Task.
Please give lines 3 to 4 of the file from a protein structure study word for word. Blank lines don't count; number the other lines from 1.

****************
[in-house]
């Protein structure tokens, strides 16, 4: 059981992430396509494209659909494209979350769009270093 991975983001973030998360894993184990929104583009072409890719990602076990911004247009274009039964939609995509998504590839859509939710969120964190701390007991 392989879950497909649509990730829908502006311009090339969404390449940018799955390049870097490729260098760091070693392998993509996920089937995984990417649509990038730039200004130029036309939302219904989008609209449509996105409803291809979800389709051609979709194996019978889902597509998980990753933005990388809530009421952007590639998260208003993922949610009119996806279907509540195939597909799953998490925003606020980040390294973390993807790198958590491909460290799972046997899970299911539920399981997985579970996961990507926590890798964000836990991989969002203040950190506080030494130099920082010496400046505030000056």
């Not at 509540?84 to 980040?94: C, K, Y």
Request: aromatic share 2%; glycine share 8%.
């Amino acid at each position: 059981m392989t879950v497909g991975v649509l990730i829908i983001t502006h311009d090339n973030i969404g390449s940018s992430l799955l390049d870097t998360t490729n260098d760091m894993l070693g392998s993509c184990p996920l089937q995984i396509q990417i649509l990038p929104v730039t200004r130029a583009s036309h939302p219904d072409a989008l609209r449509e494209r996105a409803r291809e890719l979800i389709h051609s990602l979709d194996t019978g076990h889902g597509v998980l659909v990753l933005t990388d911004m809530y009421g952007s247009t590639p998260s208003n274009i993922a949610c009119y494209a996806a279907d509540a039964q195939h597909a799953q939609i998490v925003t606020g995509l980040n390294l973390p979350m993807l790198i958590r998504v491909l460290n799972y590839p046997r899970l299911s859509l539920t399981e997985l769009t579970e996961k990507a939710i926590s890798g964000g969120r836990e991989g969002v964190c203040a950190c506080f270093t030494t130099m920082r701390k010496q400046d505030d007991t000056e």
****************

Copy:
């Not at 509540?84 to 980040?94: C, K, Y």
Request: aromatic share 2%; glycine share 8%.